Diamanda Galas is a singer with a 4-octave range and an equally broad range of musical interests. She has created music ranging from gospel to country to heavy metal (even in the course of a single album). However, there are some constantly recurring themes in her work, mainly religion (without preconceptions, and generally quite heretically) and the human condition. She is not afraid to deal with the theme of evil, which leads conservative listeners to see her as a Satanist. She also writes at least sometimes in Greek -- and interestingly, she uses it for some extremely hateful lyrics, like "Hex" from The Sporting Life. She feels her stances are very moral, but merely express refusal to refuse to think.

She was born in California to Greek parents of Greek Orthodox beliefs.

The first time I read of Diamanda Galas was in Mondo 2000 in the early 1990s. The first time I listened to one of her albums was yesterday (so the rest of the information here is a condensation of Googling work in the last hour). Within about two hours of listening to her album, my brother-in-law's borrowed 16mm projector broke. Coincidence?

"I don't think that women are hormonally constituted to be passive. I think that's something that is a male indoctrination."

Greek-American singer and composer, b. San Diego 1955-08-29.

A singer with a unique, powerful, three and a half octave vocal range who doesn't hesitate to use it as a weapon. Violently passionate, arrogant, politically incorrect, uncompromising and raw, Galas embodies the banshee of conscience, the high priestess of an unforgiving goddess who accepts no excuses. In terms of vocal quality, she's been compared to Maria Callas but is probably more versatile and expressive than the late diva.

Trained as a classical pianist but from a strict Greek Orthodox family where singing in the house was frowned upon even though her father was a musician, Galas grew up surrounded by very different kinds of music. On one hand her Greek heritage, more precisely from the part of southern Laconia known as Mani, long the land of blood feuds and dirges; on the other hand her father's jazz music and the jazz and blues musicians she worked with herself later and who gave her a inside view of black music a white woman would normally be denied.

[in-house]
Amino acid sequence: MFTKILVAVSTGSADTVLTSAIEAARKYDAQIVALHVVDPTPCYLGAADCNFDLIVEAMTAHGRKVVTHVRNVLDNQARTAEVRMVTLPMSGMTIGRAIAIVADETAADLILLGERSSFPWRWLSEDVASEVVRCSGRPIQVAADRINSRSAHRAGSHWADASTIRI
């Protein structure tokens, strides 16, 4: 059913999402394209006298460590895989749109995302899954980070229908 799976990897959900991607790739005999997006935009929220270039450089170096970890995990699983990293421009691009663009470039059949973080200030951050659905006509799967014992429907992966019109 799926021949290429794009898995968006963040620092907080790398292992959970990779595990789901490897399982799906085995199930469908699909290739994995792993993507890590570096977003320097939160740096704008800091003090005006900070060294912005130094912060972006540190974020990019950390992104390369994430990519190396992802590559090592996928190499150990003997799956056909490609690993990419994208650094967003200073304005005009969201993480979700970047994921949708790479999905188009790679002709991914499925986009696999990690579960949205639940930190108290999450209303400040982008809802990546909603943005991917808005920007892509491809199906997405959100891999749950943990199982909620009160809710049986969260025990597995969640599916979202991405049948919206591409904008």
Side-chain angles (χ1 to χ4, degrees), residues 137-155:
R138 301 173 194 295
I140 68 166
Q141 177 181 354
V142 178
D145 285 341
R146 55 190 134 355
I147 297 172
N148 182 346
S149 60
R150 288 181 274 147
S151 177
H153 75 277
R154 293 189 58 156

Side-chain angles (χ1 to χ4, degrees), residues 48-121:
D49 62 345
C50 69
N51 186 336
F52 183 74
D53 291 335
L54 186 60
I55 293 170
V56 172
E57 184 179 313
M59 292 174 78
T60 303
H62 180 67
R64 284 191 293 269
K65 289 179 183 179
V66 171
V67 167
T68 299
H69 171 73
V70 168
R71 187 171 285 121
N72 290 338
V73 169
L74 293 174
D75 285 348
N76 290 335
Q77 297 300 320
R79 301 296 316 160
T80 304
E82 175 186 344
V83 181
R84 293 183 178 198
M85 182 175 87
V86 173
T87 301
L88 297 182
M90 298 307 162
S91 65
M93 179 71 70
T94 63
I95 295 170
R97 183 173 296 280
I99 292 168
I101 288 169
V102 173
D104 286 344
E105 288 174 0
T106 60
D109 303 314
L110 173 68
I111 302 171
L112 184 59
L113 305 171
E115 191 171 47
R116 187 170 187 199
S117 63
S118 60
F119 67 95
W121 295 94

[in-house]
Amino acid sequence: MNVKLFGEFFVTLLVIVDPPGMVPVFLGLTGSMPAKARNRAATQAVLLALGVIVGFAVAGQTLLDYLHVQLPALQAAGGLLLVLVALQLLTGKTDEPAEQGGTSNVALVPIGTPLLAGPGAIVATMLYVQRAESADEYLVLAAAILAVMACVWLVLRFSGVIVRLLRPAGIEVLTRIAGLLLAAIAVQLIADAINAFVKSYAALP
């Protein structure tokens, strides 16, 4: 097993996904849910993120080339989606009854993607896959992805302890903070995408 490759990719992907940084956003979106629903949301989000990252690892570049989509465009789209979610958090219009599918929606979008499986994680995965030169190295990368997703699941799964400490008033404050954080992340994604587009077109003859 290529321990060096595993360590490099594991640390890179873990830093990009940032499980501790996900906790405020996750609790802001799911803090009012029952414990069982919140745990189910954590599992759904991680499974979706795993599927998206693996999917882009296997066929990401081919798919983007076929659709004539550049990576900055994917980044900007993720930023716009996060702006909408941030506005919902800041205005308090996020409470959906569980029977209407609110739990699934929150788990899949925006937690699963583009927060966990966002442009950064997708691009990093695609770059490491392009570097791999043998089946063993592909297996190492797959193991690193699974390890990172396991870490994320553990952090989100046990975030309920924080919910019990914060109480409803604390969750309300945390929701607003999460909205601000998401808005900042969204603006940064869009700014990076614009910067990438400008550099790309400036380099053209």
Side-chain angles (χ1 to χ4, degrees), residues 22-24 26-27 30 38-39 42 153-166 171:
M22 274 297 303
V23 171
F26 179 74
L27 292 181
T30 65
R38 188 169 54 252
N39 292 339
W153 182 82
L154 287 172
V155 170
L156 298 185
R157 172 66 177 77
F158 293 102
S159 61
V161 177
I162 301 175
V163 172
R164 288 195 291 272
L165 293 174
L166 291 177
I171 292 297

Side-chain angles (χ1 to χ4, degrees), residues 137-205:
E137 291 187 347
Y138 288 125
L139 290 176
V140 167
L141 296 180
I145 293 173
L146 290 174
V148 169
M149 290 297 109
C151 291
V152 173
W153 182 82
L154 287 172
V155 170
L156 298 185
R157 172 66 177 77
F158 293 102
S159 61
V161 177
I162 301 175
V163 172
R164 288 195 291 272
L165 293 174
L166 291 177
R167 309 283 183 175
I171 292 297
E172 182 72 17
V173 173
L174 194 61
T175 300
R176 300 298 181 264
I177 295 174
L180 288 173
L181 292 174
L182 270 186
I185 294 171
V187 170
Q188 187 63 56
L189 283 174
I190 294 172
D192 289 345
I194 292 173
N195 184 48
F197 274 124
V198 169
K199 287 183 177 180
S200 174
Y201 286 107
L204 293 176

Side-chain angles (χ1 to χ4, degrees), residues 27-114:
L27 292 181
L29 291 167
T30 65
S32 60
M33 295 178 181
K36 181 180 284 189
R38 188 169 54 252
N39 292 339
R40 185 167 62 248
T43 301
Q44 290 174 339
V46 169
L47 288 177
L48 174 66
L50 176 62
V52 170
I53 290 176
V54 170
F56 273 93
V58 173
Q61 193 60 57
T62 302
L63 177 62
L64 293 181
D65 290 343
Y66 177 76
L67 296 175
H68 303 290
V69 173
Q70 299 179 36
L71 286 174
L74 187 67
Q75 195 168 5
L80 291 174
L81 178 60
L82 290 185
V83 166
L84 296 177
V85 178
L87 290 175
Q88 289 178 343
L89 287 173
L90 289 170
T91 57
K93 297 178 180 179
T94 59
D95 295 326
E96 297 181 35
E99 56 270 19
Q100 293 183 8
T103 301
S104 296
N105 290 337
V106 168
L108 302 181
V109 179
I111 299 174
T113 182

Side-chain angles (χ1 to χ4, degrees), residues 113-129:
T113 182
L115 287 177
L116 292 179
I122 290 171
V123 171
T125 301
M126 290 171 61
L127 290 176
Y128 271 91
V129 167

Her music expresses deep feelings based on experience. Number one on her hit list is AIDS. She was already working on a musical project about AIDS when her brother, playwright Philip Dimitri Galas was diagnosed with the disease ("He was a strong man, a genius, a great writer. He was a fucking homosexual..."). She herself is hepatitis C positive and has "We Are All HIV+" tattooed across the fingers of her left hand. Her musical and performance art training, her education as a neurochemist and immunologist and the personal experience of seeing her brother and her friends die as well as her own experience walking the streets in the company mostly of drag queens (she quit when she "realised she was probably a better piano player than criminal") gave her not only the insight but also the background knowledge and artistic skill to express the desperation of the AIDS epidemic in the mid-1980s. Ever since, that's been a central theme of her work. The Masque of the Red Death trilogy is an absolutely merciless attack on a society that promotes deadly ignorance and bigotry. Her later work is no less violent. This woman is angry and to be feared, not just reckoned with. When she lets loose her trademark shriek, she's not showing off--she means business. Her music is not for the faint-hearted.